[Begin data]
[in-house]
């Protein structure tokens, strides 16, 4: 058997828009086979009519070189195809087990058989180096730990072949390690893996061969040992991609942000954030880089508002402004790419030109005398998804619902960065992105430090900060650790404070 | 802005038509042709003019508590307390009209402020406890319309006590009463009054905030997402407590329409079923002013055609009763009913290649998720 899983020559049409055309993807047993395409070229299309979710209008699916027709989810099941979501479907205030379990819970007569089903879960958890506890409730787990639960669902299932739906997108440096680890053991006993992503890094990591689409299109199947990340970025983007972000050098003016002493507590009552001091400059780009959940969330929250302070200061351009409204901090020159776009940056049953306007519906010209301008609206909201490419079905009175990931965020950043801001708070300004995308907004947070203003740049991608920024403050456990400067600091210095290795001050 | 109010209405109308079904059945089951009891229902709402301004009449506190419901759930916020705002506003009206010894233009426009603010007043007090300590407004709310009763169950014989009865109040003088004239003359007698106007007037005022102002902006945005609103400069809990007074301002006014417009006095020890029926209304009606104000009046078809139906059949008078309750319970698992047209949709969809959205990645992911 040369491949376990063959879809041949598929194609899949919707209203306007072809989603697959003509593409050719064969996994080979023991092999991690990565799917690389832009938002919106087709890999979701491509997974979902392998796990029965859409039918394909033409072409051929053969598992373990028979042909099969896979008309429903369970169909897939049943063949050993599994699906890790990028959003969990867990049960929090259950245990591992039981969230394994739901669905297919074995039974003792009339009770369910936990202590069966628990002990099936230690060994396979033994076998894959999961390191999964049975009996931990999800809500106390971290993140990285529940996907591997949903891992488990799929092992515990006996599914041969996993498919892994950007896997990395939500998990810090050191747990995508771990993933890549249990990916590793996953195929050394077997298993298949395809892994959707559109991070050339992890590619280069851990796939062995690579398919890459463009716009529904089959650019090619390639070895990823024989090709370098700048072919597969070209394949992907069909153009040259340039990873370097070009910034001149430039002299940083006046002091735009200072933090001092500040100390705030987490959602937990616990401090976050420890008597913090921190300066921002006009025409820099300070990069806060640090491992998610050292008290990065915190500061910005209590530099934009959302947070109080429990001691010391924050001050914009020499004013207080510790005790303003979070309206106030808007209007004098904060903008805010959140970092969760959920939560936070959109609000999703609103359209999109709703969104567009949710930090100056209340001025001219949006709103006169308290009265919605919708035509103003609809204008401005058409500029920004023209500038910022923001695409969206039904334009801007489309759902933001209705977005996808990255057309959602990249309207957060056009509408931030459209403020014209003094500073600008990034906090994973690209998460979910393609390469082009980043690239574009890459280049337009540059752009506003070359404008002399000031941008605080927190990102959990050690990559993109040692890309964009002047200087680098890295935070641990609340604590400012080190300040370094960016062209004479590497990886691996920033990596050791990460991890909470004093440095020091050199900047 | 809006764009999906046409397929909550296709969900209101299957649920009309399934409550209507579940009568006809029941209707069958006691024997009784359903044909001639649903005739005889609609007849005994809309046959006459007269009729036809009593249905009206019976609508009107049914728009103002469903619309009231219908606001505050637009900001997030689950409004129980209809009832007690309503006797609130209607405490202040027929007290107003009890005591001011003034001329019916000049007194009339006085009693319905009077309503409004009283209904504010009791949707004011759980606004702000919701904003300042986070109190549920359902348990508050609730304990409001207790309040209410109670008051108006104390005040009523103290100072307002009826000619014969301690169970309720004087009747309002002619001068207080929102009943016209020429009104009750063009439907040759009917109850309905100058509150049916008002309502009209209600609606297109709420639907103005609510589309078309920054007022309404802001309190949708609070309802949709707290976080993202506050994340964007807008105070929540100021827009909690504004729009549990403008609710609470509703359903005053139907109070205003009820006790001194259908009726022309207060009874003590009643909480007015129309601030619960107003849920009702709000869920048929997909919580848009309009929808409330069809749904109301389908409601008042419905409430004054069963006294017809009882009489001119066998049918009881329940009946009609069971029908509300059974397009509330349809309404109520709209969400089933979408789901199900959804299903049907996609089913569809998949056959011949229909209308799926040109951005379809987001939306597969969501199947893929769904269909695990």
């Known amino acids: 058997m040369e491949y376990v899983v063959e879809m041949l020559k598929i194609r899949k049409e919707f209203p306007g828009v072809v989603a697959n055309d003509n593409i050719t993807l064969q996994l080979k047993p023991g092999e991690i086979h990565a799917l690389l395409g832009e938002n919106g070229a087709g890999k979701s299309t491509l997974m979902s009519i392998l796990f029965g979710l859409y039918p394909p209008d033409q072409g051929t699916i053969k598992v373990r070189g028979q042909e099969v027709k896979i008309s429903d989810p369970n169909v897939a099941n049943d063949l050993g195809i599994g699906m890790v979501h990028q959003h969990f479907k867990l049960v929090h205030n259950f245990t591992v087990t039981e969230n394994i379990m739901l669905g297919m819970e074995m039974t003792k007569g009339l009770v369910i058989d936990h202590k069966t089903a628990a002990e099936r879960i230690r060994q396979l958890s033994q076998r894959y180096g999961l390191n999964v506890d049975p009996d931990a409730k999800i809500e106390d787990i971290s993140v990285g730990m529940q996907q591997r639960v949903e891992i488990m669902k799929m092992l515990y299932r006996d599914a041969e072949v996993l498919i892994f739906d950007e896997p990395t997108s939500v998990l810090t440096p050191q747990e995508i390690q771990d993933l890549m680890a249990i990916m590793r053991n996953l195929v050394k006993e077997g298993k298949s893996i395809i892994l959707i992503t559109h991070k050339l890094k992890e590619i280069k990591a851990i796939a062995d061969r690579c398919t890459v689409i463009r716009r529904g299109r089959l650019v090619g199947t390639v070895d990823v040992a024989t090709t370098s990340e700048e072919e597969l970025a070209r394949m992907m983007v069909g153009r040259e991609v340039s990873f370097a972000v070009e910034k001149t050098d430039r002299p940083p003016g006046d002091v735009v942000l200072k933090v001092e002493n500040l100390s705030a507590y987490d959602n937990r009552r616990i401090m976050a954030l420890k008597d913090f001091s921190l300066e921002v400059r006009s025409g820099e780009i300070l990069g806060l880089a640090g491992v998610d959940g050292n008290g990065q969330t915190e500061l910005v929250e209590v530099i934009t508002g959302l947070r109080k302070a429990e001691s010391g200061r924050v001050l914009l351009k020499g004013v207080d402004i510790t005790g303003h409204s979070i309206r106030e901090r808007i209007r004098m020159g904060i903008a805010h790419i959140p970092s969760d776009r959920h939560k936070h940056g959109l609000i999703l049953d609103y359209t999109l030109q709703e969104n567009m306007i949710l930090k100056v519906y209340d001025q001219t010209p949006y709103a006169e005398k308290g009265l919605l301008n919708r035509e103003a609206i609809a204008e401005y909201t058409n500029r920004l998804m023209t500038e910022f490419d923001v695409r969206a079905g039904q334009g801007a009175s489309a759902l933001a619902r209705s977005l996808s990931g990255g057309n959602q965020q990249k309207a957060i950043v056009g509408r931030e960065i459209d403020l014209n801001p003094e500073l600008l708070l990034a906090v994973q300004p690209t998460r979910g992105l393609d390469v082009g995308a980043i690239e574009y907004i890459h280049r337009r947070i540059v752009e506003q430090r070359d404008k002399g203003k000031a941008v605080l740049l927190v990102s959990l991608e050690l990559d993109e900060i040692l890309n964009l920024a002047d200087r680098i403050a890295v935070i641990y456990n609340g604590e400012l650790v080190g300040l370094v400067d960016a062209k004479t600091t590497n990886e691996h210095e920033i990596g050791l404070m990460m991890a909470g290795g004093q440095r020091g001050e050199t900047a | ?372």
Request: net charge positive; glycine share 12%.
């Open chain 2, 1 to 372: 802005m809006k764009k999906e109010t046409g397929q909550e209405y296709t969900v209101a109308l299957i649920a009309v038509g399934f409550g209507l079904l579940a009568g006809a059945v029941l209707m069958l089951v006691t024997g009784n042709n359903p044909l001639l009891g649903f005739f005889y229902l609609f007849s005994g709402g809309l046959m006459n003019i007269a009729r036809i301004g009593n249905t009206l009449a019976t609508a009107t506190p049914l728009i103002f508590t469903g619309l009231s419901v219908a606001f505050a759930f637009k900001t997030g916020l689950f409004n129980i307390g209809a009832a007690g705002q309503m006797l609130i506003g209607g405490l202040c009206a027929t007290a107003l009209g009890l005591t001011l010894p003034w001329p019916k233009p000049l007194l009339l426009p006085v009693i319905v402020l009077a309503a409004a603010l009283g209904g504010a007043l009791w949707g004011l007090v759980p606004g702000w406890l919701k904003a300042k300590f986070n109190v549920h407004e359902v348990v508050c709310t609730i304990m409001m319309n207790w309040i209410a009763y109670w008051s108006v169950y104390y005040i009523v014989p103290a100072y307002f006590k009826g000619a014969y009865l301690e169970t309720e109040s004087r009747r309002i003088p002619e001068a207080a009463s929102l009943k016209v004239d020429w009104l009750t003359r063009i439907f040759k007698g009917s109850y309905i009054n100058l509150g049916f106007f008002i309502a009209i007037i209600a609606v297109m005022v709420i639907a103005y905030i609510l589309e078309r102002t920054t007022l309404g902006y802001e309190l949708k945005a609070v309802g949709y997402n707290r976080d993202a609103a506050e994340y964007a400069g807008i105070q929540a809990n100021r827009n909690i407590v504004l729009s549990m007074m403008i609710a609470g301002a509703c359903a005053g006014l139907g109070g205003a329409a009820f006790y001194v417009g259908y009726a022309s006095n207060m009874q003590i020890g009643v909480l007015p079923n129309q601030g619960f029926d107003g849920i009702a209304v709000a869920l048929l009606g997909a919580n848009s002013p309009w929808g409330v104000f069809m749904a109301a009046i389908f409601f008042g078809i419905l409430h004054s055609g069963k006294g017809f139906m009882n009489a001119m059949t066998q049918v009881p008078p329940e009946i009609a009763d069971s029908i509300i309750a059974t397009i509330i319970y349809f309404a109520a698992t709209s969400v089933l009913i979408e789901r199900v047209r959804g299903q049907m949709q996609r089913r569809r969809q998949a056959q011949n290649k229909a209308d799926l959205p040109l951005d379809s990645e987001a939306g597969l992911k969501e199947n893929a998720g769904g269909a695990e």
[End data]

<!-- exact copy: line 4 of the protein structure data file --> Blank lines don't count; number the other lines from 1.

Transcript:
Request: net charge positive; glycine share 12%.